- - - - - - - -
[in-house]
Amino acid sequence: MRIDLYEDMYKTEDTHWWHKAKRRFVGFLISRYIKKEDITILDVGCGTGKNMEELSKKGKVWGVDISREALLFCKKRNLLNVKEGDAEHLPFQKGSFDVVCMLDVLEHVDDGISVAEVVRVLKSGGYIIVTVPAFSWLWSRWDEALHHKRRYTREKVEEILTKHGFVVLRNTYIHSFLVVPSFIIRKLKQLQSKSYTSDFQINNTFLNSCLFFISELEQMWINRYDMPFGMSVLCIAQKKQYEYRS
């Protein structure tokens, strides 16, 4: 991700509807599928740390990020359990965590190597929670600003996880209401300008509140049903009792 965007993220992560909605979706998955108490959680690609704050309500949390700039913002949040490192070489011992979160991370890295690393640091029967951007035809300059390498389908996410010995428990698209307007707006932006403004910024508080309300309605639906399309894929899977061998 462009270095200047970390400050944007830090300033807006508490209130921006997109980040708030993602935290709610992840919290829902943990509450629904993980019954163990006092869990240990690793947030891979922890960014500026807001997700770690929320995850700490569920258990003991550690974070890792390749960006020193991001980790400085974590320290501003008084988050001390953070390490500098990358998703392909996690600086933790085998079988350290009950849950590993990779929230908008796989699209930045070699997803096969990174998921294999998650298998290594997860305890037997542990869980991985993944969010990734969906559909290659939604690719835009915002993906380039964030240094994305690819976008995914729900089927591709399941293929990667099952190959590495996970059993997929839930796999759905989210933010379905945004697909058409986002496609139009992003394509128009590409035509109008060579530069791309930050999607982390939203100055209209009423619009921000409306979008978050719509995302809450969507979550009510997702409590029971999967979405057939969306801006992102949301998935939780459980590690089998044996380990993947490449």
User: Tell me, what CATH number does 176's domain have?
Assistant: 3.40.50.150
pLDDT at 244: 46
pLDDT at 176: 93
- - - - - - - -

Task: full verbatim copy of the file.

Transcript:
[in-house]
Amino acid sequence: MRIDLYEDMYKTEDTHWWHKAKRRFVGFLISRYIKKEDITILDVGCGTGKNMEELSKKGKVWGVDISREALLFCKKRNLLNVKEGDAEHLPFQKGSFDVVCMLDVLEHVDDGISVAEVVRVLKSGGYIIVTVPAFSWLWSRWDEALHHKRRYTREKVEEILTKHGFVVLRNTYIHSFLVVPSFIIRKLKQLQSKSYTSDFQINNTFLNSCLFFISELEQMWINRYDMPFGMSVLCIAQKKQYEYRS
């Protein structure tokens, strides 16, 4: 991700509807599928740390990020359990965590190597929670600003996880209401300008509140049903009792 965007993220992560909605979706998955108490959680690609704050309500949390700039913002949040490192070489011992979160991370890295690393640091029967951007035809300059390498389908996410010995428990698209307007707006932006403004910024508080309300309605639906399309894929899977061998 462009270095200047970390400050944007830090300033807006508490209130921006997109980040708030993602935290709610992840919290829902943990509450629904993980019954163990006092869990240990690793947030891979922890960014500026807001997700770690929320995850700490569920258990003991550690974070890792390749960006020193991001980790400085974590320290501003008084988050001390953070390490500098990358998703392909996690600086933790085998079988350290009950849950590993990779929230908008796989699209930045070699997803096969990174998921294999998650298998290594997860305890037997542990869980991985993944969010990734969906559909290659939604690719835009915002993906380039964030240094994305690819976008995914729900089927591709399941293929990667099952190959590495996970059993997929839930796999759905989210933010379905945004697909058409986002496609139009992003394509128009590409035509109008060579530069791309930050999607982390939203100055209209009423619009921000409306979008978050719509995302809450969507979550009510997702409590029971999967979405057939969306801006992102949301998935939780459980590690089998044996380990993947490449």
User: Tell me, what CATH number does 176's domain have?
Assistant: 3.40.50.150
pLDDT at 244: 46
pLDDT at 176: 93